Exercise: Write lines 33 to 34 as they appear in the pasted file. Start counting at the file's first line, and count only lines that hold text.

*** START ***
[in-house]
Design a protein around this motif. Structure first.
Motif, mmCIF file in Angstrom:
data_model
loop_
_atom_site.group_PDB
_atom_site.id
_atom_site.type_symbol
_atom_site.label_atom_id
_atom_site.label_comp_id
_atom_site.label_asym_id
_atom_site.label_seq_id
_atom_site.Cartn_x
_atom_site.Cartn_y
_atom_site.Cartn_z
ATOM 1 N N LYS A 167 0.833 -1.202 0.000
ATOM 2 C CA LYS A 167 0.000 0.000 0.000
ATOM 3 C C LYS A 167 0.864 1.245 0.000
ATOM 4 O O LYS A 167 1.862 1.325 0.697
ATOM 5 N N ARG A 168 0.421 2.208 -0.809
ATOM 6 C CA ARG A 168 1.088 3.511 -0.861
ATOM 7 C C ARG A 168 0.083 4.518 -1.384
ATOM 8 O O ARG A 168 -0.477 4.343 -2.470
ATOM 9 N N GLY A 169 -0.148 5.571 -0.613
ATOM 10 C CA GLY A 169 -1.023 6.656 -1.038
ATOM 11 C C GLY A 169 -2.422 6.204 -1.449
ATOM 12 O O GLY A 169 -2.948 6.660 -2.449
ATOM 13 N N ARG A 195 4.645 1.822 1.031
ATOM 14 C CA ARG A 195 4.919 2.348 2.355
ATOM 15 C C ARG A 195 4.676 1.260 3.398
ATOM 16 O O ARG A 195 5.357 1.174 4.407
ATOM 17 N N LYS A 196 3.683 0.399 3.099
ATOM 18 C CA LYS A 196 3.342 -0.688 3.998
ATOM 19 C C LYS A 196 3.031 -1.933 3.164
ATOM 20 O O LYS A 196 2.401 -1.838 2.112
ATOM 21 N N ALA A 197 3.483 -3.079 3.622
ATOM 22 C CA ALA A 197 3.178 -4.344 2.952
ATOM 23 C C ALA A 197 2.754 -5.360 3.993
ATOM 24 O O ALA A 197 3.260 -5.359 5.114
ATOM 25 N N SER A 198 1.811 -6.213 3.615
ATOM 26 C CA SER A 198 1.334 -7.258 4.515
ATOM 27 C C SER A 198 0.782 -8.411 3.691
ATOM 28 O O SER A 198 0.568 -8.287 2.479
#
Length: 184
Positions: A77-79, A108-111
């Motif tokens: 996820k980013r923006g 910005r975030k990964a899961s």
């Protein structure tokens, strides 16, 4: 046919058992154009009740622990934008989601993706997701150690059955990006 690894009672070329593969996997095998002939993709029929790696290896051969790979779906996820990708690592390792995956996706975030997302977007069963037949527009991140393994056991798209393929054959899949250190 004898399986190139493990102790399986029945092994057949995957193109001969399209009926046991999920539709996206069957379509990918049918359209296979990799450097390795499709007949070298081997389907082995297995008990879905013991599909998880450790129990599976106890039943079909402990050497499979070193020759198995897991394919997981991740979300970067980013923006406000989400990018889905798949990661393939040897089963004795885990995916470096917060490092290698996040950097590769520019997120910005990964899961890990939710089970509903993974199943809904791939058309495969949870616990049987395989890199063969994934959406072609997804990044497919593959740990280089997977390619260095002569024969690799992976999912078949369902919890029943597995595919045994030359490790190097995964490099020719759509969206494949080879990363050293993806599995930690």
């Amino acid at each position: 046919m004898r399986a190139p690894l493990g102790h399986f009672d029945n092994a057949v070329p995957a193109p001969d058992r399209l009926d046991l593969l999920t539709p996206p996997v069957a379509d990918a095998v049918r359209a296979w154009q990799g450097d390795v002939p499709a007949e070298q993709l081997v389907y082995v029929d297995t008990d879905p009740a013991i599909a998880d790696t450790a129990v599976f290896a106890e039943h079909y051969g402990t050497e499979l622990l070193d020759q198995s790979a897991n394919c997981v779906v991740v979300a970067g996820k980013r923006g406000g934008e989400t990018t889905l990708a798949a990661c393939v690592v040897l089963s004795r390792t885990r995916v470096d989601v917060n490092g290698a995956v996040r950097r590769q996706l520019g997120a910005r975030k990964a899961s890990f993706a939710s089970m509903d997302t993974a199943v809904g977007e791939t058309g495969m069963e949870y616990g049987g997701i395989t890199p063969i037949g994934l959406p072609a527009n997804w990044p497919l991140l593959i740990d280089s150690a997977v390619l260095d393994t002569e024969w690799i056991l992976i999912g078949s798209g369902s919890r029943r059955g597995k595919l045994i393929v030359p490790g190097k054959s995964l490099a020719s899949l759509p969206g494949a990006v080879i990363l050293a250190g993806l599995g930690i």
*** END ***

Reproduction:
ATOM 18 C CA LYS A 196 3.342 -0.688 3.998
ATOM 19 C C LYS A 196 3.031 -1.933 3.164